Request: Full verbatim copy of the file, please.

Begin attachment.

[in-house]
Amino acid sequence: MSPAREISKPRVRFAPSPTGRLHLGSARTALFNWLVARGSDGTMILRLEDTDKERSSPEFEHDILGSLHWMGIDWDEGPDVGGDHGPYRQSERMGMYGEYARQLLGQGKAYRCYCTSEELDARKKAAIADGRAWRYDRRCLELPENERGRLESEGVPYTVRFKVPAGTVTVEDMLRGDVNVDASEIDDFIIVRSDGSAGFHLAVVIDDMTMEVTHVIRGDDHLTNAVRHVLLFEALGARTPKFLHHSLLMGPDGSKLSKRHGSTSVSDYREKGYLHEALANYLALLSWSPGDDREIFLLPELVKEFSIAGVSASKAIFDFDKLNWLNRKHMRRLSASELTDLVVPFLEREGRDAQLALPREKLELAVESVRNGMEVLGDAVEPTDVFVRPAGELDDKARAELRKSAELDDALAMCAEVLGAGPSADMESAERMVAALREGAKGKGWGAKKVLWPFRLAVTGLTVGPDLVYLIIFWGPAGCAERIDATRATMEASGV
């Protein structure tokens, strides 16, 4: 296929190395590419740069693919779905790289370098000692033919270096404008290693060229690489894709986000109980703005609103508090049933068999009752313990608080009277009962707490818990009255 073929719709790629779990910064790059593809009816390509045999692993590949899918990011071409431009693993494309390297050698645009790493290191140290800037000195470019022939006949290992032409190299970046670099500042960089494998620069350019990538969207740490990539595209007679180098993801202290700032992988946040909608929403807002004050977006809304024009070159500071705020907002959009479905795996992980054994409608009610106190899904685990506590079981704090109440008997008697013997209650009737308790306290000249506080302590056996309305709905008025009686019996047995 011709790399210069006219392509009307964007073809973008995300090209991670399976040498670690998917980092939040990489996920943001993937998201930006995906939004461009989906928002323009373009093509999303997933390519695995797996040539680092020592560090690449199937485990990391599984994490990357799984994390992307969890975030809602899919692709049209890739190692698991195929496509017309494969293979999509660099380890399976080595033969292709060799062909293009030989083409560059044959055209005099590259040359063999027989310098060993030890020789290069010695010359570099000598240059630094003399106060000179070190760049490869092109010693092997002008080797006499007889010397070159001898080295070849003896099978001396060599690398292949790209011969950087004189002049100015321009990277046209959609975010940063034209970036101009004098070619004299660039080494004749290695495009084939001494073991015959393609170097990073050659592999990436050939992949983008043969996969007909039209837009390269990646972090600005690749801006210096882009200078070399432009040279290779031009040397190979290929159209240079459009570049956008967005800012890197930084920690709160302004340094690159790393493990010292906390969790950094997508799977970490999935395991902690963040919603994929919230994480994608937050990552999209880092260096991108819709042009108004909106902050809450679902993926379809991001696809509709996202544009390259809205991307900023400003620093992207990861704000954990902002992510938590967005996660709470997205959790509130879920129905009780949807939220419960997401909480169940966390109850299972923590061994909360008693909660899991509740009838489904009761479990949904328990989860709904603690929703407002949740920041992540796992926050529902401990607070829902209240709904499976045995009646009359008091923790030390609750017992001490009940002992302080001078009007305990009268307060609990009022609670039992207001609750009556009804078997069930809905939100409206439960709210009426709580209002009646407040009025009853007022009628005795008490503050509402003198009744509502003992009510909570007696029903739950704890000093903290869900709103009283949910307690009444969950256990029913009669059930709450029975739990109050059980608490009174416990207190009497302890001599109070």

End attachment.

[in-house]
Amino acid sequence: MSPAREISKPRVRFAPSPTGRLHLGSARTALFNWLVARGSDGTMILRLEDTDKERSSPEFEHDILGSLHWMGIDWDEGPDVGGDHGPYRQSERMGMYGEYARQLLGQGKAYRCYCTSEELDARKKAAIADGRAWRYDRRCLELPENERGRLESEGVPYTVRFKVPAGTVTVEDMLRGDVNVDASEIDDFIIVRSDGSAGFHLAVVIDDMTMEVTHVIRGDDHLTNAVRHVLLFEALGARTPKFLHHSLLMGPDGSKLSKRHGSTSVSDYREKGYLHEALANYLALLSWSPGDDREIFLLPELVKEFSIAGVSASKAIFDFDKLNWLNRKHMRRLSASELTDLVVPFLEREGRDAQLALPREKLELAVESVRNGMEVLGDAVEPTDVFVRPAGELDDKARAELRKSAELDDALAMCAEVLGAGPSADMESAERMVAALREGAKGKGWGAKKVLWPFRLAVTGLTVGPDLVYLIIFWGPAGCAERIDATRATMEASGV
């Protein structure tokens, strides 16, 4: 296929190395590419740069693919779905790289370098000692033919270096404008290693060229690489894709986000109980703005609103508090049933068999009752313990608080009277009962707490818990009255 073929719709790629779990910064790059593809009816390509045999692993590949899918990011071409431009693993494309390297050698645009790493290191140290800037000195470019022939006949290992032409190299970046670099500042960089494998620069350019990538969207740490990539595209007679180098993801202290700032992988946040909608929403807002004050977006809304024009070159500071705020907002959009479905795996992980054994409608009610106190899904685990506590079981704090109440008997008697013997209650009737308790306290000249506080302590056996309305709905008025009686019996047995 011709790399210069006219392509009307964007073809973008995300090209991670399976040498670690998917980092939040990489996920943001993937998201930006995906939004461009989906928002323009373009093509999303997933390519695995797996040539680092020592560090690449199937485990990391599984994490990357799984994390992307969890975030809602899919692709049209890739190692698991195929496509017309494969293979999509660099380890399976080595033969292709060799062909293009030989083409560059044959055209005099590259040359063999027989310098060993030890020789290069010695010359570099000598240059630094003399106060000179070190760049490869092109010693092997002008080797006499007889010397070159001898080295070849003896099978001396060599690398292949790209011969950087004189002049100015321009990277046209959609975010940063034209970036101009004098070619004299660039080494004749290695495009084939001494073991015959393609170097990073050659592999990436050939992949983008043969996969007909039209837009390269990646972090600005690749801006210096882009200078070399432009040279290779031009040397190979290929159209240079459009570049956008967005800012890197930084920690709160302004340094690159790393493990010292906390969790950094997508799977970490999935395991902690963040919603994929919230994480994608937050990552999209880092260096991108819709042009108004909106902050809450679902993926379809991001696809509709996202544009390259809205991307900023400003620093992207990861704000954990902002992510938590967005996660709470997205959790509130879920129905009780949807939220419960997401909480169940966390109850299972923590061994909360008693909660899991509740009838489904009761479990949904328990989860709904603690929703407002949740920041992540796992926050529902401990607070829902209240709904499976045995009646009359008091923790030390609750017992001490009940002992302080001078009007305990009268307060609990009022609670039992207001609750009556009804078997069930809905939100409206439960709210009426709580209002009646407040009025009853007022009628005795008490503050509402003198009744509502003992009510909570007696029903739950704890000093903290869900709103009283949910307690009444969950256990029913009669059930709450029975739990109050059980608490009174416990207190009497302890001599109070």